Pierre Duhem (1861-1916) can be considered one of the last nineteenth-century physicists. Specialist in Thermodynamics, the branch of physics that dominated the second half of the nineteenth century, introduced the idea of the chemical potential at the same time as William Gibbs, expressed in the Gibbs-Duhem equation, which connects the chemical potential with magnitudes such as the volume, pressure, entropy and temperature of a chemical mixture. He is considered one of the creators of physical chemistry and was nominated twice for the Nobel Prize in Physics.
In his scientific work, Duhem confronted Marcellin Berthelot, whose principle of maximum work he opposed. This led to his doctoral thesis being rejected, and he was denied a teaching position at the University of Paris. Duhem was finally shown to be right, as Berthelot’s principle is not generally applicable, for it has many exceptions.Duhem did not participate directly in the revolution that affected physics in the late nineteenth and early twentieth centuries: the discovery of radioactivity (Becquerel, 1896), quantum theory (Planck, 1900), and the theory of relativity (Einstein, 1905). In his later years, he devoted himself to the study of the history and philosophy of physics, publishing works as important as La Théorie physique. Son objet et sa structure (1906) and Le Système du monde. Histoire des doctrines cosmologiques, de Platon à Copernic (in 10 volumes, 1913-1958).
In these books, in his study of the history of mechanics, Duhem discovered the importance of the work of the XIV century School of Paris, with such important names as Jean Buridan (1300-1358), Nicole Oresme (1323-1382) and Albert of Saxony (1316-1390), who anticipated many of the discoveries later attributed to Galileo, which led the philosophers of the so-called Enlightenment to assert wrongly that the Catholic Church had always opposed science.
Duhem was subject to scientific oblivion during most of the 20th century, probably as a consequence of his religious beliefs (he was a practicing Catholic) and his opposition to the dominant ideology, until his work and life were divulged by Stanley L. Jaki, since 1985.
Let us go back to the question in the title of this post. Was Duhem realist, or anti-realist? The answer is not obvious, as both sides have claimed him for their ranks.
It has been said that Duhem was instrumentalist: in fact, the English Wikipedia affirms it bluntly. The French Wikipedia, on the other hand, denies it categorically in a well-reasoned section, and ascribes his philosophy of physics to phenomenalism. In the first case, Duhem would have been anti-realistic; in the second, he would be a moderate realist. Let us compare these two philosophical theories:
- Instrumentalism asserts that scientific theories do not represent reality. They are just tools that help us adapt to the world and make useful, but untrue, predictions. John Dewey, one of the creators of pragmatic philosophy, can be considered one of the main defenders of this position.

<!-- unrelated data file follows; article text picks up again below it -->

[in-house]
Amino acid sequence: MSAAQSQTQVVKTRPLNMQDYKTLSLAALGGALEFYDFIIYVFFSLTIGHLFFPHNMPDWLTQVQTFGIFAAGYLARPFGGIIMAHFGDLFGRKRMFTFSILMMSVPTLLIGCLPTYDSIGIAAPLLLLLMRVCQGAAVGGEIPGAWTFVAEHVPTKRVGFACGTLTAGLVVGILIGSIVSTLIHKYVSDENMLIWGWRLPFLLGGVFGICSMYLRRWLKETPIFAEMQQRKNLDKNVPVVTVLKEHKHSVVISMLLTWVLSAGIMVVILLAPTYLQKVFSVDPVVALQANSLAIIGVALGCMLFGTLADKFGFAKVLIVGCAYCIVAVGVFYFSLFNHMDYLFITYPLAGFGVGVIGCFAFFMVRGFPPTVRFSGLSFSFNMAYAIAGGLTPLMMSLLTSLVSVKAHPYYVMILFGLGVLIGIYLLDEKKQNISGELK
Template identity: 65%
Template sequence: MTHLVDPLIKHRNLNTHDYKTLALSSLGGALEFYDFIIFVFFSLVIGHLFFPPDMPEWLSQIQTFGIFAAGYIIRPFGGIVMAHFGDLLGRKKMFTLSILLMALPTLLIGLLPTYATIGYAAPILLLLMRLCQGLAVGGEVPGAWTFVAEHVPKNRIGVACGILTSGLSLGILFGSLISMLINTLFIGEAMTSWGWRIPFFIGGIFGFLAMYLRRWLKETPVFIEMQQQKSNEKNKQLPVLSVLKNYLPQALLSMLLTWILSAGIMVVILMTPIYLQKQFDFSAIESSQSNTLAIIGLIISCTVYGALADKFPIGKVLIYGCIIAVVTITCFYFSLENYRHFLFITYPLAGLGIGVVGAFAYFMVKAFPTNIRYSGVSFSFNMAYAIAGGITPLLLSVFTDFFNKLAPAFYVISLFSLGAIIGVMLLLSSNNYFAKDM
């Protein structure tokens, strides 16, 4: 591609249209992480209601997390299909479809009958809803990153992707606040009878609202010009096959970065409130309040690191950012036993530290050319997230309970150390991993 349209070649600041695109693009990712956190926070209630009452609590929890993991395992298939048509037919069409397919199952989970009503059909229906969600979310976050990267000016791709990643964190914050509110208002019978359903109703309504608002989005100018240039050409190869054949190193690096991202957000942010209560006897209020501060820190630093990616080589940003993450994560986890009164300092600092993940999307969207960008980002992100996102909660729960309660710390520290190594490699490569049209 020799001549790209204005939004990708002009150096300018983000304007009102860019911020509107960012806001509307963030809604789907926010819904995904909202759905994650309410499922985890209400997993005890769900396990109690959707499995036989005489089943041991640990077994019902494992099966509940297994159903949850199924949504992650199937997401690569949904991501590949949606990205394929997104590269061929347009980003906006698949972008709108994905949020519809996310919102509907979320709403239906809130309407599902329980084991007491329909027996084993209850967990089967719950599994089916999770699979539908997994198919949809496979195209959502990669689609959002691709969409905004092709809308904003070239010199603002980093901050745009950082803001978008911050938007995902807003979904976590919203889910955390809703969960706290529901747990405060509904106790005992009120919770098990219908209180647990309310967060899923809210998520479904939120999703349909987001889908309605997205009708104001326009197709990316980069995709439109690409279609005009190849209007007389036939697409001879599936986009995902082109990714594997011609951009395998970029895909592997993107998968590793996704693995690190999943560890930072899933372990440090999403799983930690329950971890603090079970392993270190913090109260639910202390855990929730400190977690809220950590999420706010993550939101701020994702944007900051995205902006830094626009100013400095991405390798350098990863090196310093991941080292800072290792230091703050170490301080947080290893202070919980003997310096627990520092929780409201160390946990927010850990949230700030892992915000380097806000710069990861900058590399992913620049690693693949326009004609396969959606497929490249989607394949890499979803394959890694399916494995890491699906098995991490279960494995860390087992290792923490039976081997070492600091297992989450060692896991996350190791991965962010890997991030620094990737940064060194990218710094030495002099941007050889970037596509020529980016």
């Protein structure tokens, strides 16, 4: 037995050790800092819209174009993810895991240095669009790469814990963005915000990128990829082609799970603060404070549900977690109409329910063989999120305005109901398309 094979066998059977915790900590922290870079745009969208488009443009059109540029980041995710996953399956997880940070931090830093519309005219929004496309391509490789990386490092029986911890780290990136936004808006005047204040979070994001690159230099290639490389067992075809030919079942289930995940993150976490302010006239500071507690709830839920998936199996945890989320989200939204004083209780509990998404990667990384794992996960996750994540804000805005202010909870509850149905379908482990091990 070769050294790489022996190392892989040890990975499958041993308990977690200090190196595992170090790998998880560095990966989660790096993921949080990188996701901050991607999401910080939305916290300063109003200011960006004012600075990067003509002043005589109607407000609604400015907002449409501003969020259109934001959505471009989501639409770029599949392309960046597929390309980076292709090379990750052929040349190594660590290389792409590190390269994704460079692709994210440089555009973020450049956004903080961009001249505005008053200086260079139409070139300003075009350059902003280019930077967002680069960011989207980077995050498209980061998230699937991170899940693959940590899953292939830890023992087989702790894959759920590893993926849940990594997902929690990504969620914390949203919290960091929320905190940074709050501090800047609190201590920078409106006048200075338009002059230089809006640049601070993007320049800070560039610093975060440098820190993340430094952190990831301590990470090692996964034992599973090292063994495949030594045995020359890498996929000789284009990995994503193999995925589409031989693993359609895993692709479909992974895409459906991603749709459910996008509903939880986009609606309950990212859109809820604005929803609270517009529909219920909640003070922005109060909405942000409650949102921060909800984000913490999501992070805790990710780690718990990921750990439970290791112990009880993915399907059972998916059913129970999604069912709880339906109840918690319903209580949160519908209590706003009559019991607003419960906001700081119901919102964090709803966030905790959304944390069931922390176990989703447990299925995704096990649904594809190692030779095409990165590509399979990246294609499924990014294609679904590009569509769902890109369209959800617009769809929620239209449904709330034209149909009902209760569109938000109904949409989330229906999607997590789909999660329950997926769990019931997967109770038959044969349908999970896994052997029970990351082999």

- Phenomenalism, in the style of Immanuel Kant, argues that although phenomena are the only things we can know, they conceal a reality that, although beyond our reach, actually exists. Our theories get progressively near to this reality, without ever reaching it.
That Duhem was a supporter of phenomenalism rather than instrumentalism, can be deduced from his writings. In particular, let's look at this quote from his book La Théorie physique, mentioned above:
It is vain to insist on this idea, that theories have no power to grasp reality, that they are just good to give experimental laws a summarized and classified representation; one cannot force oneself to believe that a system capable of ordering so simply and so easily a huge number of laws, at first sight so disparate, is a purely artificial system; by an intuition where Pascal would have recognized one of those reasons of the heart that reason does not know, one must affirm one’s faith in a real order of which our theories are an image, every day clearer and more faithful.
In the same vein, Duhem expresses distrust about scientific theories not based on facts, just on speculations, something quite common in our time, as I commented in another post in this blog. This attitude, clearly realistic, was expressed near the end of his life in a speech to the Catholic Female Students Association of the University of Bordeaux:
Sometimes... the reasoning spirit is fooled into the game of unfounded deductions; it enjoys climbing the rigid and trembling stairs of theories; it does not examine whether such fragile scaffolding rests on secure foundations... it is soon seized by vertigo; it falls into the vaguest pantheisms, into the most nebulous mysticisms.
I wonder if Duhem was thinking about Einstein when he said these words.Further proof that Duhem was a moderate realist and not an anti-realist (or at least an instrumentalist) is the fact that analytic philosophy recognizes a Duhem-Quine thesis, which unites his name with that of Willard Quine (1908-2000), mentor of Hilary Putnam (1916-2016), the creator of the realist no-miracles argument, to which the two previous posts were dedicated. In my opinion, these three thinkers, who cover a century and a half of history, must be ascribed together to a moderate realist position.
The same post in Spanish
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